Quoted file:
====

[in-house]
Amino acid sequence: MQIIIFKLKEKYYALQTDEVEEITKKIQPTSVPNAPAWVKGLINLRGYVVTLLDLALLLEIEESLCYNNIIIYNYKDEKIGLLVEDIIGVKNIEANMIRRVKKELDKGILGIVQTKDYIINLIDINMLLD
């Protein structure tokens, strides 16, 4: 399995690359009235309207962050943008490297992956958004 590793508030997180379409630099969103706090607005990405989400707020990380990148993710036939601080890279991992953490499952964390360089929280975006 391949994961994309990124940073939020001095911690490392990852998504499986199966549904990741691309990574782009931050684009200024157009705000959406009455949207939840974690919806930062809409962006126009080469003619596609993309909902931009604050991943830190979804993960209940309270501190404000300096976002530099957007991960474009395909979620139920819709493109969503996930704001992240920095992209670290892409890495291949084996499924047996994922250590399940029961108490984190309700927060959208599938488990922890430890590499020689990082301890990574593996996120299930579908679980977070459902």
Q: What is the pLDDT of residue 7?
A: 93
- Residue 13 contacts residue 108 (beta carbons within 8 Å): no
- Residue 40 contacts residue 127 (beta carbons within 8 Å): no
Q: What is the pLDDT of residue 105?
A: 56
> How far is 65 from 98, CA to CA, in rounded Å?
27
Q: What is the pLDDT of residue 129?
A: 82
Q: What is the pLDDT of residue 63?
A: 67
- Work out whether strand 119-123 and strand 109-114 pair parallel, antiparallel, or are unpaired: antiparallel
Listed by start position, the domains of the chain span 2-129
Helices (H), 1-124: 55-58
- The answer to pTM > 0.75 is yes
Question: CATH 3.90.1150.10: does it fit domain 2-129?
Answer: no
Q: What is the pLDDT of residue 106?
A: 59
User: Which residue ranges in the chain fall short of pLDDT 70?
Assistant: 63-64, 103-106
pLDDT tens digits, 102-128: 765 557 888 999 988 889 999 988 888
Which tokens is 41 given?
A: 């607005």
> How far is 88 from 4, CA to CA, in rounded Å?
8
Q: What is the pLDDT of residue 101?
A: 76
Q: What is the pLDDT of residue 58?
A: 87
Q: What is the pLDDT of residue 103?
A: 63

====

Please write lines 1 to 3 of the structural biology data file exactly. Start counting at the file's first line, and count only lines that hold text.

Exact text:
[in-house]
Amino acid sequence: MQIIIFKLKEKYYALQTDEVEEITKKIQPTSVPNAPAWVKGLINLRGYVVTLLDLALLLEIEESLCYNNIIIYNYKDEKIGLLVEDIIGVKNIEANMIRRVKKELDKGILGIVQTKDYIINLIDINMLLD
């Protein structure tokens, strides 16, 4: 399995690359009235309207962050943008490297992956958004 590793508030997180379409630099969103706090607005990405989400707020990380990148993710036939601080890279991992953490499952964390360089929280975006 391949994961994309990124940073939020001095911690490392990852998504499986199966549904990741691309990574782009931050684009200024157009705000959406009455949207939840974690919806930062809409962006126009080469003619596609993309909902931009604050991943830190979804993960209940309270501190404000300096976002530099957007991960474009395909979620139920819709493109969503996930704001992240920095992209670290892409890495291949084996499924047996994922250590399940029961108490984190309700927060959208599938488990922890430890590499020689990082301890990574593996996120299930579908679980977070459902």